Washington Post has an article today on President Obama scolding business groups that have fought his plan to create a new federal agency (Consumer Financial Protection Agency) to oversee mortgages, credit cards and other consumer financial products, casting the debate as a battle between his administration and Wall Street.
According to the newspaper, the proposed agency has become the most divisive, partisan element of the administration’s wide-ranging plan to overhaul the nation’s financial regulatory system. Republicans on congressional committees considering regulatory reform have almost uniformly opposed it. Banks and other financial firms, along with armies of lobbyists, have flooded Capitol Hill carrying the message that the new agency would add an unnecessary layer of government regulation, increase costs, stifle financial innovation and ultimately curtail choices for consumers. Obama disputed that the new agency would restrict consumer choice or limit meaningful innovation. “Nothing could be further from the truth,” he said, arguing that “in a financial system that’s never been more complicated, it has never been more important to have a watchdog function like the one we’ve proposed.” The House Financial Services Committee plans to edit and vote on the legislation beginning as early as next week.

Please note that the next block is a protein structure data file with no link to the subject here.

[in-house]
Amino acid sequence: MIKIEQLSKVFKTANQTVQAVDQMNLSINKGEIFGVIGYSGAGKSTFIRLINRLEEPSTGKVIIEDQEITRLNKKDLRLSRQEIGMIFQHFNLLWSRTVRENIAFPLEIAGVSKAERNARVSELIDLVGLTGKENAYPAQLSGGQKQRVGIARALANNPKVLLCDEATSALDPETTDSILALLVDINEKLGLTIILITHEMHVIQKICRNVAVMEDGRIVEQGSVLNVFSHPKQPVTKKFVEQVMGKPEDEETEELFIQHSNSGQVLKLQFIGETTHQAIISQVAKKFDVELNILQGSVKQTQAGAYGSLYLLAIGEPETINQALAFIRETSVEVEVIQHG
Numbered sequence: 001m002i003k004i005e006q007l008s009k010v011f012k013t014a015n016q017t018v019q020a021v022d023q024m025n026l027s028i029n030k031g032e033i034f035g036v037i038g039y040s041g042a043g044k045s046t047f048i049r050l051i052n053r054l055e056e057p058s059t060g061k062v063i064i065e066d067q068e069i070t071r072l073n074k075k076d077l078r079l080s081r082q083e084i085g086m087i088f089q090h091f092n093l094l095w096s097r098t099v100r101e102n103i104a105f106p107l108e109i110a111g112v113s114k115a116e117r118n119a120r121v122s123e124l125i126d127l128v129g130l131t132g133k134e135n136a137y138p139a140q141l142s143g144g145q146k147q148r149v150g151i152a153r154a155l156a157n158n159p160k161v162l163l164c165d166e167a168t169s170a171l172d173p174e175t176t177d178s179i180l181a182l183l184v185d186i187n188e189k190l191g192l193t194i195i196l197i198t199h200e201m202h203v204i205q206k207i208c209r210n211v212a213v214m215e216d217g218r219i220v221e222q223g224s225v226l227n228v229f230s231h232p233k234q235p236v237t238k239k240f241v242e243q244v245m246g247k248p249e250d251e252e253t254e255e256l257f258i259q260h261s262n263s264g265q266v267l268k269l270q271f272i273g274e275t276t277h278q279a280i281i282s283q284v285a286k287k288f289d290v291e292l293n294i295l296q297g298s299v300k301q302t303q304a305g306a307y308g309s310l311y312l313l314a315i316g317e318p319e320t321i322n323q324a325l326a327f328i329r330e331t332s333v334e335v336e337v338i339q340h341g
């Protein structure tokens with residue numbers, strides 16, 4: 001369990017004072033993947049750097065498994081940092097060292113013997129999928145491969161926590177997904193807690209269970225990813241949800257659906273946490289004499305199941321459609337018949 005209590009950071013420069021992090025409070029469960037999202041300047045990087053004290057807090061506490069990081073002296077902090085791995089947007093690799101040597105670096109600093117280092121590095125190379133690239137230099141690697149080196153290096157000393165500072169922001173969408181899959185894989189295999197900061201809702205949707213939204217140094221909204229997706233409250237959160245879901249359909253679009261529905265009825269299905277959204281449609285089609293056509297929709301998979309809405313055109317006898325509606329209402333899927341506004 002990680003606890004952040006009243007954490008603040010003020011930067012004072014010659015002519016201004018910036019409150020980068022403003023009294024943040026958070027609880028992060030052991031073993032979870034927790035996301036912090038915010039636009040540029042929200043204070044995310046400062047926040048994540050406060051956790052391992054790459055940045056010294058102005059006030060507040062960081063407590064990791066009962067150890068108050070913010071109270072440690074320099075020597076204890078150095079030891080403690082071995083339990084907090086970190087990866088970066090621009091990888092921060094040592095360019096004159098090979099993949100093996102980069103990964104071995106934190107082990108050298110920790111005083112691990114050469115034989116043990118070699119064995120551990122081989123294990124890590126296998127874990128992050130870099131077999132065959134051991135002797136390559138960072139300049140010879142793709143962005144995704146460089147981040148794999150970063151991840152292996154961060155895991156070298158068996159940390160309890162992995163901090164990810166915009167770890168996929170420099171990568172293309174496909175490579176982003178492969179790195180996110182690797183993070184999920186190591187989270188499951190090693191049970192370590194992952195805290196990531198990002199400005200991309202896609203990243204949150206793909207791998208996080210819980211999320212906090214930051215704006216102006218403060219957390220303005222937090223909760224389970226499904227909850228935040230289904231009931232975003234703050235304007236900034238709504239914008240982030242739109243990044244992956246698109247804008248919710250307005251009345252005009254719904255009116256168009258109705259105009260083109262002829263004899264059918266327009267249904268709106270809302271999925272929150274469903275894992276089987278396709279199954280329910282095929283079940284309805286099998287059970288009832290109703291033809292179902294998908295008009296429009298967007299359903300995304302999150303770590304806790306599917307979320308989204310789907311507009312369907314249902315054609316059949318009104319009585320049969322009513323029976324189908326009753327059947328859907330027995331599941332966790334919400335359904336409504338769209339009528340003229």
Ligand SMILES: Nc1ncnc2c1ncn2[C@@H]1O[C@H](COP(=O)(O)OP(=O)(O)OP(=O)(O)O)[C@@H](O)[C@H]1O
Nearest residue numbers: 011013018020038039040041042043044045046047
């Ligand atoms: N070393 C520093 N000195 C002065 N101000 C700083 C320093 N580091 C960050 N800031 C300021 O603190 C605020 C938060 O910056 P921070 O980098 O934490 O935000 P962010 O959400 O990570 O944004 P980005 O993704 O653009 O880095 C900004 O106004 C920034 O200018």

On the other side of the Atlantic, there are different agencies for consumers of financial products, although they seem to be closer to ombudsmen and, consequently, probably less powerful than the contemplated U.S. agency might prove to be. In the European Union, the European Commission launched in 2001 the Financial Dispute Resolution Network (FIN-NET). FIN-NET is a financial dispute resolution network of national out-of-court complaint schemes in the European Economic Area countries (the European Union Member States plus Iceland, Liechtenstein and Norway) that are responsible for handling disputes between consumers and financial services providers, i.e. banks, insurance companies, investment firms and others. Currently FIN-NET has 46 members from 21 European Economic Area countries. More information about the members can be found here. It would be interesting to hear more about individual country cases. Are agencies entrusted with overseeing financial services in other places part of the respective ministries or independent public bodies? What is the scope of their powers? Do they resemble Ombudsmen or do they also possess regulatory authority?